Sunday, May 24, 2009

An essay on war and play

How I loved playing war on the circle as a child! Cowboys and Indians, cops and robbers, Americans and Germans ("No! It's the Russians now, Stupid, not the Germans!" ); booby traps, forts, ambushes, secret codes and well-laid plans, them against us. We played all over the neighborhood and in the woods. I imagined myself a marine crawling through the jungle thickets with a knife in my teeth. I loved being the lookout and spy on the enemy camp hidden behind a tree or bushes where they couldn't see me, bringing back to my side all the information. I loved bringing prisoners back to keep in jail too and was good at it. I would jump out from behind a tree or down from a limb or out from under a bridge and grab 'em and bring 'em in.

Some say war is necessary, that out of its great destruction always comes something good, something new, something symbolic, something delivered to men, like a gift after the fact, a better perspective on things. But are bolts of lightning necessary for making burning embers? There must be a better way to strike a match. I want to know from an ecological perspective what specific need large scale destruction of life serves.

Is war like some play we are putting on for ourselves which some of us just must attend or life wouldn't be worth living? An entrenched, intractable collective and subconscious belief in its innate and intrinsic worthwhilessness must be keeping it legal, for we do honor war as we honor nothing else in all our institutions. We call it sacrifice--sacred giving of life for a greater good. But what greater good would this be? Try to look at it scientifically.

It must be something more than burning embers which comes of war to make me believe it is needed and necessary for the world to proceed in a natural way, in the natural order of things. Somehow it has been included in the natural order of things, along with natural enemies pestilence and famine, and death. War is one of the four horses of the Apocalypse, which is itself a false paradigm: the fourth horseman, death, results from the other three and is not merely their fellow. Indeed death, which may be caused by spurious effect, and thereafter known as destiny or fate or providence, comes from the three horsemen of the Apocalypse and all the other horsemen too. Contrariwise, death may cause as well as be caused by the others. Cause and effect in nature are integral components of the same time space continuum--so much for destiny. Ask Frederick Turner about the time continuum's integrity (

I am not talking about how we get as a species to the point of obliterating war along with disease and hunger, though this might seem an honorable ambition for mankind; I only want to establish that war is not necessary to our well-being as a natural occurrence built into the moral fiber of any ecosystem our species would need in order to sustain itself.. If the good of war, for example, is in the removal of excess population (read Dickens on this), then let us find a better way to control our excess. We do not need hunger, disease and war to keep us in check, because tsunamis, earthquakes and forest fires provide us plenty of relief in that area. We could, if we wanted, manage all kinds of beneficent exterminations short of war's infinitely more brutal, providence-fraught umbrella. Why do we regard the holocaust with horror and call World War II the good war ? They are twins of the same mother. Why is force of coercion given such respectability, why such honor delivered to its members, dead, live and maimed ? It is always said they had to go to war, because "a job" had to be done, someone had to do it and these honored few answered the call. Heed it well, need is expressed. But what need, I want to know.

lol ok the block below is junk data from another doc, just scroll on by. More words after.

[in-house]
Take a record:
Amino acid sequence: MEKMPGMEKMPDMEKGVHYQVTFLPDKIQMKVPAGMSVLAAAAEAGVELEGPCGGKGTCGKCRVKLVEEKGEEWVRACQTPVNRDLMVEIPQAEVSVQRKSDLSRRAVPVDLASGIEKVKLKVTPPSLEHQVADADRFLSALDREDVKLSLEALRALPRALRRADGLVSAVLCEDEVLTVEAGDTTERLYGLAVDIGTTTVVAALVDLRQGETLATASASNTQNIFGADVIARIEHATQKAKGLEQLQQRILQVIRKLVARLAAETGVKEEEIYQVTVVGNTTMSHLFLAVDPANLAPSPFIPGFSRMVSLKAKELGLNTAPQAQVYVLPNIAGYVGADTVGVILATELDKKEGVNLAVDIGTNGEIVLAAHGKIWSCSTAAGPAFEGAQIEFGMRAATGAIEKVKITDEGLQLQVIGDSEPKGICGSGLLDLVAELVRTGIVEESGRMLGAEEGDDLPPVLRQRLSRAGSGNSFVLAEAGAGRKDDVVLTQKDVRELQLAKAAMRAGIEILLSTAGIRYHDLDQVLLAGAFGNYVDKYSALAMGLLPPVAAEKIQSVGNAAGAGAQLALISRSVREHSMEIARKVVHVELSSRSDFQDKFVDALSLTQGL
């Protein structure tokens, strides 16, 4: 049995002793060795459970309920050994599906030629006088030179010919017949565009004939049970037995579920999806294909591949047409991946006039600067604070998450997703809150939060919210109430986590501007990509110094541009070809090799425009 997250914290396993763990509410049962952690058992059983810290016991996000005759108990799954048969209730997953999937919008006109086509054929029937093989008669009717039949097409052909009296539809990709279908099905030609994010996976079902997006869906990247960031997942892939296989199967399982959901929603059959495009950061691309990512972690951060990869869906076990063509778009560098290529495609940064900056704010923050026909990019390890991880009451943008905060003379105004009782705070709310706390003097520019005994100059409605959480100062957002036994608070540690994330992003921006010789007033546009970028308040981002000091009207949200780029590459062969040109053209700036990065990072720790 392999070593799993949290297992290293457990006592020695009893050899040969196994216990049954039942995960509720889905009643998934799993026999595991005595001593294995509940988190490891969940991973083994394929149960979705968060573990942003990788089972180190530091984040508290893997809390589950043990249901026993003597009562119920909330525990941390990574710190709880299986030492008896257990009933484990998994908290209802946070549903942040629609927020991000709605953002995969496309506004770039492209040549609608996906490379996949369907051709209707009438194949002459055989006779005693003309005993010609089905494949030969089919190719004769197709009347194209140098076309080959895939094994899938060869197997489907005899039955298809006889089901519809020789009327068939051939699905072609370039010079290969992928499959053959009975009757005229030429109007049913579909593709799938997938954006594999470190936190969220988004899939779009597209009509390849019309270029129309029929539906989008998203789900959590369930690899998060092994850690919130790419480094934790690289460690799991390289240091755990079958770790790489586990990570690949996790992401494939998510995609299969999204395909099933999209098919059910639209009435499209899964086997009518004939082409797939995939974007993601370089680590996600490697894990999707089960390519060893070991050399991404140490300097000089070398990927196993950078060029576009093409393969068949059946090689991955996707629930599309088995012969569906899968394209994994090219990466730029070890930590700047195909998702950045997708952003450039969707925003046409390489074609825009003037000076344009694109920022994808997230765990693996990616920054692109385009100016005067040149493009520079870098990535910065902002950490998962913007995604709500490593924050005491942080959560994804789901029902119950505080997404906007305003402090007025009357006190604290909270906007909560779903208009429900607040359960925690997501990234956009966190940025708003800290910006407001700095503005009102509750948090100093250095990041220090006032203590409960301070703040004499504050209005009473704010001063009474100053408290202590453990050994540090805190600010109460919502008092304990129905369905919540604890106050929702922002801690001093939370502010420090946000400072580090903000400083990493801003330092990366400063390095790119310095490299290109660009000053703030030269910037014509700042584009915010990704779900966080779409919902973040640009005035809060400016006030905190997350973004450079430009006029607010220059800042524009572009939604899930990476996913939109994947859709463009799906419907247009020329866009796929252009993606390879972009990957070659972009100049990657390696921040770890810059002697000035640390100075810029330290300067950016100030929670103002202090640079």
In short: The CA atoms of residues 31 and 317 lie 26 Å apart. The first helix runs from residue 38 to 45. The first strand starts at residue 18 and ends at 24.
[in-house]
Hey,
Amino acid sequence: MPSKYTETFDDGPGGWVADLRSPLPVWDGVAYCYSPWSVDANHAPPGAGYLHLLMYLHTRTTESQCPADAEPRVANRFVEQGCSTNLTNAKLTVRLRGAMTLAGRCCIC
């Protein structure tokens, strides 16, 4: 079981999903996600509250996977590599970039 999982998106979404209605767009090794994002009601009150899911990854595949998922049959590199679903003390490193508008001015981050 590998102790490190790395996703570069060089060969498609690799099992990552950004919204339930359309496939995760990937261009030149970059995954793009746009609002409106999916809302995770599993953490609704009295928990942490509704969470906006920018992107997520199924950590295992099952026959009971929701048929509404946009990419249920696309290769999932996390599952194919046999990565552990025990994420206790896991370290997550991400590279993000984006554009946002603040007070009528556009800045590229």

'O reason not the need!' King Lear says wearily to Regan when she asks him what need he has of even one of his old comrades of war, his fellow veterans, now drunken and disabled and dependent on him as he is on them for his veracity, his identity as warrior. They can tell him who he is. " ...Our basest beggars are in the poorest thing superfluous. Allow not nature more than nature needs, man's life is as cheap as beast's." And of course by man he meant woman too.

Perhaps I am being Regan and do not see what need this seemingly superfluous gathering of old men in the comradery of remembering of life defined by death and love actually serves. Do we war then for love? Could we not then, should we not, play at war instead somehow? The way I did when I was little in my neighborhood in the Fifties?

Somehow we must get excessive population under control (I say tie it to credit), make war illegal, and transform it into play. Surely play is necessary to our well-being, a natural occurrence built into the moral fiber of any cultural ecosystem our species would need in order to sustain itself naturally. Cannot play, work, love and creation become the new four horsemen of the apocalypse, forces to bring low the evil rulers of the old world? It is in the name of reasoned necessity I declare it so.

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